THE MEMORY BOX
The main character creates a memory box to keep mementos and written memories of her loved one to help with the grieving process. Throughout the narrative, the child’s feelings are acknowledged, allowed, and assured that feelings are normal and healthy to express. Heartfelt and comforting, The Memory Box helps children, parents, educators, therapists, and social workers talk about this very difficult topic together.
THE GOODBYE BOOK
Through the lens of a pet fish who has lost his companion, Todd Parr tells a moving and wholly accessible story about saying goodbye. Touching upon the host of emotions children experience, Todd reminds readers that it’s okay not to know all the answers, and that someone will always be there to support them.
WHEN GRANDFATHER FLEW
Milo’s grandfather is fascinated by birds. He admires their freedom and never loses an opportunity to point out the things that make each one special.
When he can no longer see as well as he used to, Milo helps him spot and take care of some of his favorites: hovering kestrels, fragile chickadees, and the bald eagle soaring high overhead.
One day when Milo comes home, Grandpa isn’t there.
But when the boy sees an eagle swooping through the sky above, he knows Grandpa is still with them: reborn in the skies, just as he’d wanted.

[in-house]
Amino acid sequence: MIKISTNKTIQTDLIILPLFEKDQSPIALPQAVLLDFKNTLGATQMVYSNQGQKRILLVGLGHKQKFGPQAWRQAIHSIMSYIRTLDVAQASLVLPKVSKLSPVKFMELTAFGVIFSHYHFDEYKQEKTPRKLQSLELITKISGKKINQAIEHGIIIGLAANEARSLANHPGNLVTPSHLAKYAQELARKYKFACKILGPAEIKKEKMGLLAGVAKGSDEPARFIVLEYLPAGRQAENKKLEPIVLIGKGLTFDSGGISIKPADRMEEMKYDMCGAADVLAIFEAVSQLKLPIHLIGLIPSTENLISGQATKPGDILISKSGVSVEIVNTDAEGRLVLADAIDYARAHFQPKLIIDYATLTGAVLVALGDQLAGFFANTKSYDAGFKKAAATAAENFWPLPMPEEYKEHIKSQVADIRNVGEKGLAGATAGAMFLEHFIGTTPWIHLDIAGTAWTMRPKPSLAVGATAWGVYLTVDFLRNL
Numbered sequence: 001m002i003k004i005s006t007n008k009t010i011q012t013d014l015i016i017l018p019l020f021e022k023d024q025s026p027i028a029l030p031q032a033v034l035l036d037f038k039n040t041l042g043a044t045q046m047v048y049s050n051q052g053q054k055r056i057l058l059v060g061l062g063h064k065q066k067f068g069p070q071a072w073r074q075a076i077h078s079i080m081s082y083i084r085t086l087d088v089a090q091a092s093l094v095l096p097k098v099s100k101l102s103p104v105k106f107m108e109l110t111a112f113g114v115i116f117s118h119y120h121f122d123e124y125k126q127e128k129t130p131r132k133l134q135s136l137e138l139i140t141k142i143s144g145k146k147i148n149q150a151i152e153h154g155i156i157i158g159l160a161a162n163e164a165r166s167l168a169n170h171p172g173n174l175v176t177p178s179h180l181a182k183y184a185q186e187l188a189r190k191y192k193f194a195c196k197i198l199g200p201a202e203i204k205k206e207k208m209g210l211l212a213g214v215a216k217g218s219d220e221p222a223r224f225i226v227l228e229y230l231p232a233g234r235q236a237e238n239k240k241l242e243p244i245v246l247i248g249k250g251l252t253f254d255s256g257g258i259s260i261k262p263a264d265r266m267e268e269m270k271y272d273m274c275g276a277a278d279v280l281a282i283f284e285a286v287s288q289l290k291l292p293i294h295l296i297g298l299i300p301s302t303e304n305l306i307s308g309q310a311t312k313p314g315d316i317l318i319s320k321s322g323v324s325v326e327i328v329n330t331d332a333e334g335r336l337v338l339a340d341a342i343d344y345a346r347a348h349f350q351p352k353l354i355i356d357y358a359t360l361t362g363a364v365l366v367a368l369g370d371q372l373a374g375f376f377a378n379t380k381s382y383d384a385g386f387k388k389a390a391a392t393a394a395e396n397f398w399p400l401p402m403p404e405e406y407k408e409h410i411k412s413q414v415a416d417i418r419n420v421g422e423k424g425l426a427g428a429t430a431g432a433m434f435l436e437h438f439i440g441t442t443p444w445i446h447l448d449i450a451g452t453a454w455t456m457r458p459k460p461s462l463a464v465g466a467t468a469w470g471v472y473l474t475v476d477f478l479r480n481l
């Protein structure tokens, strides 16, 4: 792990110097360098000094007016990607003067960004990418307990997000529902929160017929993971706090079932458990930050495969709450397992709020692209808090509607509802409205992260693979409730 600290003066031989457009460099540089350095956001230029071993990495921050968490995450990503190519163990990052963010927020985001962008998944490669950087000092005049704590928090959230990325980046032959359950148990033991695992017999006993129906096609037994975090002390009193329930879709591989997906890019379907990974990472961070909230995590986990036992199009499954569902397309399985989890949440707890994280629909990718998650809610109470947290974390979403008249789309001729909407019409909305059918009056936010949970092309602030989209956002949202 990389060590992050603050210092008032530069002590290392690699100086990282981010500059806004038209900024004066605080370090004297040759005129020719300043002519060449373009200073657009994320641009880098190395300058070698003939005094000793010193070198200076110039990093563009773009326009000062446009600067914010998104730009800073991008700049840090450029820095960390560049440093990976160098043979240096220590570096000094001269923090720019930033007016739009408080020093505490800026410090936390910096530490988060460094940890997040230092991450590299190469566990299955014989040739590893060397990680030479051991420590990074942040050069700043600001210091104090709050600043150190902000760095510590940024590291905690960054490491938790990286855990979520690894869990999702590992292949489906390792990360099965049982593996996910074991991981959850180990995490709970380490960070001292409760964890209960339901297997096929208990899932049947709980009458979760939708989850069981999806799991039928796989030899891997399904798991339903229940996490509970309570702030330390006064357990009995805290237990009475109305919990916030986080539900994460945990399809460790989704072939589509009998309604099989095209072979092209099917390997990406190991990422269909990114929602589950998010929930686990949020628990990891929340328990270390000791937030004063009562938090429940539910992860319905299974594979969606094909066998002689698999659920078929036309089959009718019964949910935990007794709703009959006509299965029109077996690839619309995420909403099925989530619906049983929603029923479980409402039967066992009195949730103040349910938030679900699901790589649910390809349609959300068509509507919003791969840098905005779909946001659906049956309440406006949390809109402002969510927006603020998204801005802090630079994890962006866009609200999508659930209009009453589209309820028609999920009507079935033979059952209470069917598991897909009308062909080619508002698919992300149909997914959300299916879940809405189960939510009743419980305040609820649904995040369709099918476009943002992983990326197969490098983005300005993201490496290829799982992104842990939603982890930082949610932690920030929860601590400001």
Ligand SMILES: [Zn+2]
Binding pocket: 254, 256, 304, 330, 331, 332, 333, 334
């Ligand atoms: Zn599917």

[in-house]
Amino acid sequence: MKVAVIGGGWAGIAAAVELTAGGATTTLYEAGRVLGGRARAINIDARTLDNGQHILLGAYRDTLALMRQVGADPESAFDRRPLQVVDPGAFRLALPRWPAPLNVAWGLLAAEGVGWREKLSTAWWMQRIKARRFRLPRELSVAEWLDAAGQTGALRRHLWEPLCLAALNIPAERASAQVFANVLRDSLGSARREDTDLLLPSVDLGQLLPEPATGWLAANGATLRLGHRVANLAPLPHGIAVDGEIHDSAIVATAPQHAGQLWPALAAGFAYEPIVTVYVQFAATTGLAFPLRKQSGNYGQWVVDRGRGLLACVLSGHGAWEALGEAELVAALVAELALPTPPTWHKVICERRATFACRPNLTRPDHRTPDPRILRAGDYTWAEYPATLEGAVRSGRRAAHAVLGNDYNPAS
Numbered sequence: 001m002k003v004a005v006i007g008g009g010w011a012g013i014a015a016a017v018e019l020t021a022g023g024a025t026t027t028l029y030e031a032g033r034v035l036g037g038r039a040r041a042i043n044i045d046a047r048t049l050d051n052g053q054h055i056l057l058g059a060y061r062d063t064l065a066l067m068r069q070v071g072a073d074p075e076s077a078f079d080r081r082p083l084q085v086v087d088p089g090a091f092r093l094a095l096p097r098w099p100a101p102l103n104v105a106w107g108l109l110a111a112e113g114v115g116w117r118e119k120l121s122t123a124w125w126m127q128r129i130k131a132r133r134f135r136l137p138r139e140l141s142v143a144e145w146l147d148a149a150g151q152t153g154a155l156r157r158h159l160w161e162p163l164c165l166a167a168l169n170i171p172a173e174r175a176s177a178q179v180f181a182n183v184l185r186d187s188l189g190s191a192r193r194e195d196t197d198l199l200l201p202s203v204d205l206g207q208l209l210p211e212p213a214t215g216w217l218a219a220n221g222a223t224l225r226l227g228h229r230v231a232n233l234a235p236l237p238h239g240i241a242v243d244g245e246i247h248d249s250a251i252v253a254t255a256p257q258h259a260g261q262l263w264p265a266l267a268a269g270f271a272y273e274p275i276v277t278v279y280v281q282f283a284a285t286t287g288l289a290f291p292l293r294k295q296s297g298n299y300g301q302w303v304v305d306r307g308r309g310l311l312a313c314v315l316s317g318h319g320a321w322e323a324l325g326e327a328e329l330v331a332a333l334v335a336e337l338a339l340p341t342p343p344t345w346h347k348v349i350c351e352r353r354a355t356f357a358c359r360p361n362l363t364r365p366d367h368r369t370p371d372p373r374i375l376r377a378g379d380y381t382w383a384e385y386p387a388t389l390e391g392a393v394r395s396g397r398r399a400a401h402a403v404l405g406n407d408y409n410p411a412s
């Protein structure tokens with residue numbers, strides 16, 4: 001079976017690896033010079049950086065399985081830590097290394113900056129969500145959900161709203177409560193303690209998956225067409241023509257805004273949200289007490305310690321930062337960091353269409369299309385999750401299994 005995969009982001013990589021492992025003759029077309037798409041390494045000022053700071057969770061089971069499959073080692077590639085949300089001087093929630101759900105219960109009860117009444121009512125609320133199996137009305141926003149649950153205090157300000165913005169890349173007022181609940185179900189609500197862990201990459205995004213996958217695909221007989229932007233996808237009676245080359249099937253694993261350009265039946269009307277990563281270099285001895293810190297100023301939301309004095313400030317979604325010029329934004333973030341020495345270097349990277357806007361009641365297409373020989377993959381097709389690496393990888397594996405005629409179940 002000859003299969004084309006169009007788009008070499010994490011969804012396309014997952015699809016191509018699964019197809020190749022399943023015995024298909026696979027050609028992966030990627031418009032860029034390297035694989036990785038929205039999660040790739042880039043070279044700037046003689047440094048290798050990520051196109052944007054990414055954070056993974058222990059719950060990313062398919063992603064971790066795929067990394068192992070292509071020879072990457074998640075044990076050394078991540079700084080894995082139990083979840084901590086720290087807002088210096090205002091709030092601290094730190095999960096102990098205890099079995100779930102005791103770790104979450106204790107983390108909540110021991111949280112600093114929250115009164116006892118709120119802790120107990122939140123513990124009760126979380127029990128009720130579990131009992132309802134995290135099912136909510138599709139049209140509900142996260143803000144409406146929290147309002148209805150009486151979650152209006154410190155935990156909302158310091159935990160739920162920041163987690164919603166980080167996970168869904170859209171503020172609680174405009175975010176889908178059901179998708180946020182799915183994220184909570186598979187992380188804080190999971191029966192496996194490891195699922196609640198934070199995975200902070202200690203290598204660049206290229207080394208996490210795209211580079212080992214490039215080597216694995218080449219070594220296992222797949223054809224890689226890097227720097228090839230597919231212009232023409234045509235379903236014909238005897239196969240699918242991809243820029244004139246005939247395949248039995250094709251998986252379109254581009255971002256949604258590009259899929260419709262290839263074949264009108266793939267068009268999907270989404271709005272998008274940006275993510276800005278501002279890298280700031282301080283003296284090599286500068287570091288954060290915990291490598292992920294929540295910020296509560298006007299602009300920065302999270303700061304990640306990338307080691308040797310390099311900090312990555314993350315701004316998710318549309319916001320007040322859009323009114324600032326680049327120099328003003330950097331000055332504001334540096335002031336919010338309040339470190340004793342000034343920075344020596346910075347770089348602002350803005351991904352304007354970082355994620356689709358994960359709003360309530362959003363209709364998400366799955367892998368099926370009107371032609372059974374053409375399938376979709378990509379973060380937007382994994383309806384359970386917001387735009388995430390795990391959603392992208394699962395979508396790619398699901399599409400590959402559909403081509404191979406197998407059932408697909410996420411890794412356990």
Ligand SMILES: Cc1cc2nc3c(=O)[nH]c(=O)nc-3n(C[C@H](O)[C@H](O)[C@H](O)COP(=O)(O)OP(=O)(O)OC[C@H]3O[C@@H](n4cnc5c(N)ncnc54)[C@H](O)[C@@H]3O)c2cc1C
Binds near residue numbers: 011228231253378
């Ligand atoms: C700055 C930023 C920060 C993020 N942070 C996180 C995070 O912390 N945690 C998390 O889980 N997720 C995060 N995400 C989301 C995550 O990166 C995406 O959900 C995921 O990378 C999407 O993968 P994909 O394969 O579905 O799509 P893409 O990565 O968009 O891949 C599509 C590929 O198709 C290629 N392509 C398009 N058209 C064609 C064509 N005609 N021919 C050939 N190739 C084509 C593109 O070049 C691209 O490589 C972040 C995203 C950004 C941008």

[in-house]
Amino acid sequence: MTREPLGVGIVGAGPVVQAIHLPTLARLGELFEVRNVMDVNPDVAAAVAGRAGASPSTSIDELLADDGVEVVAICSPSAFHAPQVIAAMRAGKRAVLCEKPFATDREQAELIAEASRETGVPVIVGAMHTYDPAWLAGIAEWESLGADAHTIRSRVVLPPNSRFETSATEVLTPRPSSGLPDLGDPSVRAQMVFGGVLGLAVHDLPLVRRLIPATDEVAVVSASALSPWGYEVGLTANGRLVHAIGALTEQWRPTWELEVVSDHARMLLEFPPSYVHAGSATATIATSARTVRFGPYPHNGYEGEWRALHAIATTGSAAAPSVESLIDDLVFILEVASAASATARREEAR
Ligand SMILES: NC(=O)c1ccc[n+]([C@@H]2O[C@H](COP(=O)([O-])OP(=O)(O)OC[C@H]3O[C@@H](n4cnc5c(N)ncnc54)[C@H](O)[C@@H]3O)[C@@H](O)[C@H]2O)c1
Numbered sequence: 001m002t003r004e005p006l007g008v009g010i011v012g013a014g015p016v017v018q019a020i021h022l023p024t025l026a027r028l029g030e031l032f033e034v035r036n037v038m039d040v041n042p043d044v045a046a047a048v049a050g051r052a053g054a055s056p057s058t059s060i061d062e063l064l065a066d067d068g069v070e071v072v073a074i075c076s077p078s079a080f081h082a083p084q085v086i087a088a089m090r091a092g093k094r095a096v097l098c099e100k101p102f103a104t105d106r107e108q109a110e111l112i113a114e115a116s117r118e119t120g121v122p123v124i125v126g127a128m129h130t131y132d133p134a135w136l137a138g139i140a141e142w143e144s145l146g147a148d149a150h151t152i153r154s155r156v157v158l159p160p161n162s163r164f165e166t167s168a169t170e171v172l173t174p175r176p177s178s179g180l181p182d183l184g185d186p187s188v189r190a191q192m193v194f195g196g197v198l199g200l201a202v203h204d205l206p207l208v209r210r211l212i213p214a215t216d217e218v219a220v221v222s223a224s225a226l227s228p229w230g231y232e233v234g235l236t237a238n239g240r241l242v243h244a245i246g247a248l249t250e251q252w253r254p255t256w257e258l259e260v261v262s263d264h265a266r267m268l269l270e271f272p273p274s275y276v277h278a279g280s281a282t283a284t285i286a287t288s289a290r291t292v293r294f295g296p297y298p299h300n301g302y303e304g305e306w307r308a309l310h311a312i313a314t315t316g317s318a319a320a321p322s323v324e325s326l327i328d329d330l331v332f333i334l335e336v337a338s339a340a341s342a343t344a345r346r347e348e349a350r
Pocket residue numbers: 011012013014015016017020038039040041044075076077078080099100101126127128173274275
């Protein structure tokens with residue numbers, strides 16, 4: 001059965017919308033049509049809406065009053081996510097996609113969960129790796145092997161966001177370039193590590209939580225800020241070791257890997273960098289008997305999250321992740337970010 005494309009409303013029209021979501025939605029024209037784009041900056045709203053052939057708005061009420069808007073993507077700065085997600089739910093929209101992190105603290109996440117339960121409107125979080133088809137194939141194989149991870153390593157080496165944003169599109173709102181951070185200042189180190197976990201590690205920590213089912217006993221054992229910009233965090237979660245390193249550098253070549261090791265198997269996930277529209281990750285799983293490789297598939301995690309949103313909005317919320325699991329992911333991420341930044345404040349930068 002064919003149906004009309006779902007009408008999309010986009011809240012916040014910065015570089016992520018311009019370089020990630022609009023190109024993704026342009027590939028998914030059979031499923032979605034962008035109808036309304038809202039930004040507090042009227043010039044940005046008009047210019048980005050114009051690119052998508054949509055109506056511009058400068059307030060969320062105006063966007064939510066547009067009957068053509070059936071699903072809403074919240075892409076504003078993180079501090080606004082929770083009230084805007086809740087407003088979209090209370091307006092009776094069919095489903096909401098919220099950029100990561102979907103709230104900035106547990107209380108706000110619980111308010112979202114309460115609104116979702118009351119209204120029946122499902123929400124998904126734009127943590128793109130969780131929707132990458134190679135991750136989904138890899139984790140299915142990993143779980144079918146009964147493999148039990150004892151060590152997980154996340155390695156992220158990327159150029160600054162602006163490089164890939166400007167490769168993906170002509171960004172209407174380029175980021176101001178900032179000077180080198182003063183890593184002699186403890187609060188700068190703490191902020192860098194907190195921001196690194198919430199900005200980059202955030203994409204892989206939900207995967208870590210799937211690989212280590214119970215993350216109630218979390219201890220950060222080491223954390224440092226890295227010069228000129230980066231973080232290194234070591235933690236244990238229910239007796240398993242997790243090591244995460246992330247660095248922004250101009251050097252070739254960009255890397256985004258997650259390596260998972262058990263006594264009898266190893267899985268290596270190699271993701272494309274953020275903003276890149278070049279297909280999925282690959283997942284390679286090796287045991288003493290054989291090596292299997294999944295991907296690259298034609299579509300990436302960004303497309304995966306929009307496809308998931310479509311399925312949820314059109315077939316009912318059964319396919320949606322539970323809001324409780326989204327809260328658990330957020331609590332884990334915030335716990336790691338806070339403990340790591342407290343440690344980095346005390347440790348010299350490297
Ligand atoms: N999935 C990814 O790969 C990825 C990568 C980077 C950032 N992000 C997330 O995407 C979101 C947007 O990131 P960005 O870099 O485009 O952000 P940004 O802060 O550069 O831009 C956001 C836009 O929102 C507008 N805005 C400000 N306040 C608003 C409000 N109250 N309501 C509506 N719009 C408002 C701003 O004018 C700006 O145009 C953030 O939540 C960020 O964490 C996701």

LOST IN THE CLOUDS
Billy misses his mommy very much. She lives in the clouds. Some days when he and Daddy play in the garden, he knows that Mommy is letting the sun shine for them. But not all days are like that. Sometimes Mommy’s clouds are dark, and Billy feels sad and alone.
THE LONGEST LETSGOBOY
As a dog and his little girl go on their final walk together, he experiences the sights, smells, and wonders of this world one last time before peacefully passing on. But for such a good boy (oh yes, he is!) and his foreverfriend, that doesn’t mean it’s the end.
ONE WAVE AT A TIME
After his father dies, Kai experiences all kinds of emotions: sadness, anger, fear, guilt. Sometimes they crash and mix together. Other times, there are no emotions at all―just flatness. As Kai and his family adjust to life without Dad, the waves still roll in. But with the help of friends and one another, they learn to cope―and, eventually, heal.